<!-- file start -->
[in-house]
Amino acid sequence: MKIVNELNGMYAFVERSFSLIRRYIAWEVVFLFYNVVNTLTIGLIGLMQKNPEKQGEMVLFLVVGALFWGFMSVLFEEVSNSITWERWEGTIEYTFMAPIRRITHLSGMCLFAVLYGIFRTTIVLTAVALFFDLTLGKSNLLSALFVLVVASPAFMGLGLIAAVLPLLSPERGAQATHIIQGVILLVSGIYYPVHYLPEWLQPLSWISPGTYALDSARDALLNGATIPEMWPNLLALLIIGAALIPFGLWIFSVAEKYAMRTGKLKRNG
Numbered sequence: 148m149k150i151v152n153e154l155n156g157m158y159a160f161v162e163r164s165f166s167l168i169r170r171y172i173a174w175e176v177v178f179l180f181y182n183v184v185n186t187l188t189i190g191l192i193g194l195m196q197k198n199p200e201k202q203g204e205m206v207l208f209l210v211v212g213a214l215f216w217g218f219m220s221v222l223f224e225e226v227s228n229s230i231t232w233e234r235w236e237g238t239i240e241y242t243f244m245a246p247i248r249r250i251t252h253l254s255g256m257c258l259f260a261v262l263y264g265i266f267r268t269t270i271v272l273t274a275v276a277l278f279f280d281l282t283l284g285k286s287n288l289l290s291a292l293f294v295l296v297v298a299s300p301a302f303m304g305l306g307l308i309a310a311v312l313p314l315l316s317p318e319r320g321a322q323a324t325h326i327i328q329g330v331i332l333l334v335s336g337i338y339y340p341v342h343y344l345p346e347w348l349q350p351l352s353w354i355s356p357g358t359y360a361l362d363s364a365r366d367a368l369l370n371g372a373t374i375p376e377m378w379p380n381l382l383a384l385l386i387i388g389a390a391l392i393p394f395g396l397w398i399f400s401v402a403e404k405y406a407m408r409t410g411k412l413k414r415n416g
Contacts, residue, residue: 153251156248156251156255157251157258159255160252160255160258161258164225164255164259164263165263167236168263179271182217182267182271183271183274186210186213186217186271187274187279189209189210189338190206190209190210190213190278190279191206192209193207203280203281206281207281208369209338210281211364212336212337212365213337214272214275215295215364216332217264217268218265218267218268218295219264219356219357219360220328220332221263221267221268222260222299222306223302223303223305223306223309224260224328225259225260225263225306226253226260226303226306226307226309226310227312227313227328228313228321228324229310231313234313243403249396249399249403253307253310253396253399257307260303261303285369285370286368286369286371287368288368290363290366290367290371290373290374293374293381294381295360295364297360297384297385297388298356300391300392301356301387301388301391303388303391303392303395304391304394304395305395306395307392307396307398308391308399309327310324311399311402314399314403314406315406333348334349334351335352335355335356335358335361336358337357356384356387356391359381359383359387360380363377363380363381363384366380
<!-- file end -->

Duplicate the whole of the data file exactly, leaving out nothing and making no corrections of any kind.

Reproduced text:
[in-house]
Amino acid sequence: MKIVNELNGMYAFVERSFSLIRRYIAWEVVFLFYNVVNTLTIGLIGLMQKNPEKQGEMVLFLVVGALFWGFMSVLFEEVSNSITWERWEGTIEYTFMAPIRRITHLSGMCLFAVLYGIFRTTIVLTAVALFFDLTLGKSNLLSALFVLVVASPAFMGLGLIAAVLPLLSPERGAQATHIIQGVILLVSGIYYPVHYLPEWLQPLSWISPGTYALDSARDALLNGATIPEMWPNLLALLIIGAALIPFGLWIFSVAEKYAMRTGKLKRNG
Numbered sequence: 148m149k150i151v152n153e154l155n156g157m158y159a160f161v162e163r164s165f166s167l168i169r170r171y172i173a174w175e176v177v178f179l180f181y182n183v184v185n186t187l188t189i190g191l192i193g194l195m196q197k198n199p200e201k202q203g204e205m206v207l208f209l210v211v212g213a214l215f216w217g218f219m220s221v222l223f224e225e226v227s228n229s230i231t232w233e234r235w236e237g238t239i240e241y242t243f244m245a246p247i248r249r250i251t252h253l254s255g256m257c258l259f260a261v262l263y264g265i266f267r268t269t270i271v272l273t274a275v276a277l278f279f280d281l282t283l284g285k286s287n288l289l290s291a292l293f294v295l296v297v298a299s300p301a302f303m304g305l306g307l308i309a310a311v312l313p314l315l316s317p318e319r320g321a322q323a324t325h326i327i328q329g330v331i332l333l334v335s336g337i338y339y340p341v342h343y344l345p346e347w348l349q350p351l352s353w354i355s356p357g358t359y360a361l362d363s364a365r366d367a368l369l370n371g372a373t374i375p376e377m378w379p380n381l382l383a384l385l386i387i388g389a390a391l392i393p394f395g396l397w398i399f400s401v402a403e404k405y406a407m408r409t410g411k412l413k414r415n416g
Contacts, residue, residue: 153251156248156251156255157251157258159255160252160255160258161258164225164255164259164263165263167236168263179271182217182267182271183271183274186210186213186217186271187274187279189209189210189338190206190209190210190213190278190279191206192209193207203280203281206281207281208369209338210281211364212336212337212365213337214272214275215295215364216332217264217268218265218267218268218295219264219356219357219360220328220332221263221267221268222260222299222306223302223303223305223306223309224260224328225259225260225263225306226253226260226303226306226307226309226310227312227313227328228313228321228324229310231313234313243403249396249399249403253307253310253396253399257307260303261303285369285370286368286369286371287368288368290363290366290367290371290373290374293374293381294381295360295364297360297384297385297388298356300391300392301356301387301388301391303388303391303392303395304391304394304395305395306395307392307396307398308391308399309327310324311399311402314399314403314406315406333348334349334351335352335355335356335358335361336358337357356384356387356391359381359383359387360380363377363380363381363384366380